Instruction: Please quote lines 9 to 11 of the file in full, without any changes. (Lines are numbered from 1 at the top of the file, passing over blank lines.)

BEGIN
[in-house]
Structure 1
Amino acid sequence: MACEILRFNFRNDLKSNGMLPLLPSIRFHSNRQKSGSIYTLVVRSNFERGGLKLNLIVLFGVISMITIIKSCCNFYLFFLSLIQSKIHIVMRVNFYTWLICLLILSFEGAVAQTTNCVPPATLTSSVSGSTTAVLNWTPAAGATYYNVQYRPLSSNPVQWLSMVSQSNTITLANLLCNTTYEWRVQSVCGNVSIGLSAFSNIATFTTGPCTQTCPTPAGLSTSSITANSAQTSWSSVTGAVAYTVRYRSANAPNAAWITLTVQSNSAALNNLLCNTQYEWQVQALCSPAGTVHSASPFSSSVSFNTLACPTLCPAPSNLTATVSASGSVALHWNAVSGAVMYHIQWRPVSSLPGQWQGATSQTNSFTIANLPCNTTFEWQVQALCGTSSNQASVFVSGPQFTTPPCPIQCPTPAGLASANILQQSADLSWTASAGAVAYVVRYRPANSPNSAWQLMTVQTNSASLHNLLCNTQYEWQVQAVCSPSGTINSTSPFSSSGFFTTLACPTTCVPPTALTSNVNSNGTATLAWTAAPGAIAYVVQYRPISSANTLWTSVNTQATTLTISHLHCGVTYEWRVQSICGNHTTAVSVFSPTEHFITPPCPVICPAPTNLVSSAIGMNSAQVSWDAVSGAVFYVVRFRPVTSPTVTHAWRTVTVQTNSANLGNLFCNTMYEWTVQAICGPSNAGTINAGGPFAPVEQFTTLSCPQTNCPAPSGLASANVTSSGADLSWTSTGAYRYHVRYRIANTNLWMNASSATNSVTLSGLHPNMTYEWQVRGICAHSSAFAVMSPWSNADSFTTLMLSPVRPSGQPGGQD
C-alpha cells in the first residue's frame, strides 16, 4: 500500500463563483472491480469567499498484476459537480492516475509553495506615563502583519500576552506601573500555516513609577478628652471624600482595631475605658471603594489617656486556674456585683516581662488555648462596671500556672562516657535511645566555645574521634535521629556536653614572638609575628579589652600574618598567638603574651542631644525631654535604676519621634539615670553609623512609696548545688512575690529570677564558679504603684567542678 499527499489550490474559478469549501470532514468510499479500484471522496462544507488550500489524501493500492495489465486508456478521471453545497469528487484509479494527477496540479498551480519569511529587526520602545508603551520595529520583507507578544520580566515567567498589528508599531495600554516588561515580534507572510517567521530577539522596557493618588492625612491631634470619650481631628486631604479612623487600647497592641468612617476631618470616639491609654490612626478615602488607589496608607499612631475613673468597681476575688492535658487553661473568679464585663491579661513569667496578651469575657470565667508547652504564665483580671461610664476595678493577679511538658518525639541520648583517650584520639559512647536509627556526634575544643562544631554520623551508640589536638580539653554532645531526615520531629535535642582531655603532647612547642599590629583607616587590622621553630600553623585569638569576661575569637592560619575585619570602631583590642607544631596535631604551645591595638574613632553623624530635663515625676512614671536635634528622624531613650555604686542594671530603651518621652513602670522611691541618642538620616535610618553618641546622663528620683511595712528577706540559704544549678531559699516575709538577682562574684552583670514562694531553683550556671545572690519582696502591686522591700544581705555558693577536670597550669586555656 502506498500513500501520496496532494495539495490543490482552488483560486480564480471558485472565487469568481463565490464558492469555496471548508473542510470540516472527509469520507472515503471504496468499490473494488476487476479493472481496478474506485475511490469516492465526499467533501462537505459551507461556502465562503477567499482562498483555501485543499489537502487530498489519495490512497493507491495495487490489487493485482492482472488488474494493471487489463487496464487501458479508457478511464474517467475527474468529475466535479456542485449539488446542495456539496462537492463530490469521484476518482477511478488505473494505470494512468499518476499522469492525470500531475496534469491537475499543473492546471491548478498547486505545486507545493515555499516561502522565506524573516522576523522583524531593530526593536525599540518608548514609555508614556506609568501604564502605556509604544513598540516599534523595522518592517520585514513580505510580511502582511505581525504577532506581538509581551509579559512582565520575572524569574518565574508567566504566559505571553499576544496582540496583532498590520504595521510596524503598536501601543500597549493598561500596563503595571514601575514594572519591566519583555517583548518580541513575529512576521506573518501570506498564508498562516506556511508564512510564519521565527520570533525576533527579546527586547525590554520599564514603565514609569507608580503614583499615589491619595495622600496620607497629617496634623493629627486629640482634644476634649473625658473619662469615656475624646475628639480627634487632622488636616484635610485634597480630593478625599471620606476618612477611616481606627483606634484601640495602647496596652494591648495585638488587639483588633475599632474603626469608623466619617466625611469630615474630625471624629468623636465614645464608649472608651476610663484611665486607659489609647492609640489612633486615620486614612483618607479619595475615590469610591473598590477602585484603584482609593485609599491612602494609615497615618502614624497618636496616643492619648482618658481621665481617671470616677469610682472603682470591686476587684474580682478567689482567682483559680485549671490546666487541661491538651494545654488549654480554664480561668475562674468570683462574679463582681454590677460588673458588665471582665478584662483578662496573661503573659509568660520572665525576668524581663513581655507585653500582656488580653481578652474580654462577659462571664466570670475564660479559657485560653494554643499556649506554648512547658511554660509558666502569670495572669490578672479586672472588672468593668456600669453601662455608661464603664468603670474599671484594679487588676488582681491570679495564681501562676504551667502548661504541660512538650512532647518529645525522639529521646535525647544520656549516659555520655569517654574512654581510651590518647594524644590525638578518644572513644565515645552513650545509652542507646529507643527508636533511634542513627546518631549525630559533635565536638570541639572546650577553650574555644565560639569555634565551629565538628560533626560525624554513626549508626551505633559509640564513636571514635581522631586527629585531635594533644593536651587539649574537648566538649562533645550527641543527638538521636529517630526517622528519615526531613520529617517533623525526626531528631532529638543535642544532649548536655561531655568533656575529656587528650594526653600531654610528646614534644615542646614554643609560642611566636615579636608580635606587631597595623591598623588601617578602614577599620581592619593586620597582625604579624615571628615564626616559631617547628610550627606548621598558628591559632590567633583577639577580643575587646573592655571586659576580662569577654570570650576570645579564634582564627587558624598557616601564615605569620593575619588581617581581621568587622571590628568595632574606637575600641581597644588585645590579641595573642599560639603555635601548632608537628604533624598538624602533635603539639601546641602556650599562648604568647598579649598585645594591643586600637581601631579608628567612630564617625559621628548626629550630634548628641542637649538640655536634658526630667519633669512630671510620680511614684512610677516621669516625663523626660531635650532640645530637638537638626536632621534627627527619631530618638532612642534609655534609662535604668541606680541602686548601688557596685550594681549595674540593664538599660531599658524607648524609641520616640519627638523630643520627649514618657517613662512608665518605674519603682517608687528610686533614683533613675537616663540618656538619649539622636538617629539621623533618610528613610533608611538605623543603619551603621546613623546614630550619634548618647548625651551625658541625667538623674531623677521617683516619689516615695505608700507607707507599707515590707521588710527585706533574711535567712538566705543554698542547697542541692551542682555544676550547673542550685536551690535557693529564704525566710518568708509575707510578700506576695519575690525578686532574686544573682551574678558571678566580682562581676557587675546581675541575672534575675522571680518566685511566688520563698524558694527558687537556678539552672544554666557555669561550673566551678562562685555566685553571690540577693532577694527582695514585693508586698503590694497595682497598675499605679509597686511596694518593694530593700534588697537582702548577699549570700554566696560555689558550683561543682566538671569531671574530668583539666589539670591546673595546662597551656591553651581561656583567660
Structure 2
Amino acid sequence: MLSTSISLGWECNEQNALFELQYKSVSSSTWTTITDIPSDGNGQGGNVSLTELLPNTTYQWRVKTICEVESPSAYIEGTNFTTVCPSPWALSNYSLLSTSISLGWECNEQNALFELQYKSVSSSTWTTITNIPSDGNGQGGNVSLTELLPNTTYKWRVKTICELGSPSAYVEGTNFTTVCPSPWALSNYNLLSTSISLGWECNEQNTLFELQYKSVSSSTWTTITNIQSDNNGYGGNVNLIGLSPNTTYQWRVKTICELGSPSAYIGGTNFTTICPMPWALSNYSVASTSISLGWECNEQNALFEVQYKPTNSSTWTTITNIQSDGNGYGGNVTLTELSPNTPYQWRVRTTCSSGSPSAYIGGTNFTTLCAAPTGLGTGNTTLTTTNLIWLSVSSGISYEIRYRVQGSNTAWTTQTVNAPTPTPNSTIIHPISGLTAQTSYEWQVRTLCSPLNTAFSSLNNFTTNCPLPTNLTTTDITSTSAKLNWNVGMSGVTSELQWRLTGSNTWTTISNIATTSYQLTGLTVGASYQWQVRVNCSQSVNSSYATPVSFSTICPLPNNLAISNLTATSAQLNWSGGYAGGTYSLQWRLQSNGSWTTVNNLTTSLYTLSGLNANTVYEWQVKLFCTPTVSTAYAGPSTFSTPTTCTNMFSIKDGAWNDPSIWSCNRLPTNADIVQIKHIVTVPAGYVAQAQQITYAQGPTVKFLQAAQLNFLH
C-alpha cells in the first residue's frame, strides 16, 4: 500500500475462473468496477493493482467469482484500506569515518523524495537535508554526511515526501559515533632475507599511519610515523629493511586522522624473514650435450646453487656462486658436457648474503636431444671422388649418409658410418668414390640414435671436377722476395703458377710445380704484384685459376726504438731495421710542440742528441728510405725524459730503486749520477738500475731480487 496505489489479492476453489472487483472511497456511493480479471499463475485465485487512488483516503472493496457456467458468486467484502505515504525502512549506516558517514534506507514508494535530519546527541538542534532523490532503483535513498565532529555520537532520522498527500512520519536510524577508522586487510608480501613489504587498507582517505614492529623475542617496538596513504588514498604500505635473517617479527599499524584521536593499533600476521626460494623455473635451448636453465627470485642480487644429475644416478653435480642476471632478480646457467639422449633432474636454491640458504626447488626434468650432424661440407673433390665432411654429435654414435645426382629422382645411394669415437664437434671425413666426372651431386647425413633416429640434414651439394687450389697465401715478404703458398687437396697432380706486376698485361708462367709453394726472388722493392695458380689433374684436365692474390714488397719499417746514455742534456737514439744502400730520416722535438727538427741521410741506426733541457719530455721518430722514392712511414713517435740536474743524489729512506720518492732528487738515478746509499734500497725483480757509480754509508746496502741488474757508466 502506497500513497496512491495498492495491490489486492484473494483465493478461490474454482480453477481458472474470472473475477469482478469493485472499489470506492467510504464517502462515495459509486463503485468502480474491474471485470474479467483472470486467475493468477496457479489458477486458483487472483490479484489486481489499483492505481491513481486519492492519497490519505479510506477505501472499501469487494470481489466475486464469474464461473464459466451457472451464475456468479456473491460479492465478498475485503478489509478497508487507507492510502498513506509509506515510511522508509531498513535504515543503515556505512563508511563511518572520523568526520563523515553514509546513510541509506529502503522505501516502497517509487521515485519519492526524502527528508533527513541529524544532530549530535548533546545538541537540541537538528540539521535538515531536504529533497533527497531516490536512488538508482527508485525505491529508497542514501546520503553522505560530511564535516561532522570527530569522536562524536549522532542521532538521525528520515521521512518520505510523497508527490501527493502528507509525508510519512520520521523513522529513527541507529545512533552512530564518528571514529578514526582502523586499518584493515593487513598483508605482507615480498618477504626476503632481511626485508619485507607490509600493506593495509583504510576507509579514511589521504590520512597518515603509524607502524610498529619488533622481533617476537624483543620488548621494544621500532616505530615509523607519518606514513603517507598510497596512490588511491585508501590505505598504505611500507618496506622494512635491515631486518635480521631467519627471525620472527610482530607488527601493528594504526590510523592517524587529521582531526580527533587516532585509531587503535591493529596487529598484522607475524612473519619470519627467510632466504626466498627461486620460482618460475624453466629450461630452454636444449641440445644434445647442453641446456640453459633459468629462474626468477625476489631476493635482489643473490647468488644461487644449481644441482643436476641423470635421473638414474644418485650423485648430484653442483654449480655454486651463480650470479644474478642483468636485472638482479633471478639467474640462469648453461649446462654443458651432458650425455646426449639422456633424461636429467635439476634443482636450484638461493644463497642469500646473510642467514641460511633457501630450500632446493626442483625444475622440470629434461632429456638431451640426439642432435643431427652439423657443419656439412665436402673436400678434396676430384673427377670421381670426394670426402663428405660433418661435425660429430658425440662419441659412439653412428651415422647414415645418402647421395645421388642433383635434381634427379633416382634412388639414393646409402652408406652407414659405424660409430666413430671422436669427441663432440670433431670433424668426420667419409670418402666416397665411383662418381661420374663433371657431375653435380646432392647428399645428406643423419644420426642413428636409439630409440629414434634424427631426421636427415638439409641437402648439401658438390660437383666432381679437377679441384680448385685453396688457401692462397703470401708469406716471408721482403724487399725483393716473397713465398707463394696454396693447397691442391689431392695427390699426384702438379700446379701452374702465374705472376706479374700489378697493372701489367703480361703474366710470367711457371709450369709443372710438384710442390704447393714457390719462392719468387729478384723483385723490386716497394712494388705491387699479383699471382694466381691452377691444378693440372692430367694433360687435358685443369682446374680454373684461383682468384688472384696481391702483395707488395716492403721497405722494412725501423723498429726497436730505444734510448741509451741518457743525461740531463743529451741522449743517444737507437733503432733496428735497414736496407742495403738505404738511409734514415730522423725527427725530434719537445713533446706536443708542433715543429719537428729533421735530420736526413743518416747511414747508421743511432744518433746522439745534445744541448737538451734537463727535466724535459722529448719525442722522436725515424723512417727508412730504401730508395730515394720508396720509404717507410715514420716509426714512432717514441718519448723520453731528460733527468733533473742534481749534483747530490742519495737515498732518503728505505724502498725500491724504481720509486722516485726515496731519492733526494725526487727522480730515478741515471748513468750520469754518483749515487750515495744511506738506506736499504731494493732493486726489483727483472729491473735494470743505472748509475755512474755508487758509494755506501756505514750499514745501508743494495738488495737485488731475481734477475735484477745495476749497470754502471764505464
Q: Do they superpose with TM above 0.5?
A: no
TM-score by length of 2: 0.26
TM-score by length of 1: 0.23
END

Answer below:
A: no
TM-score by length of 2: 0.26
TM-score by length of 1: 0.23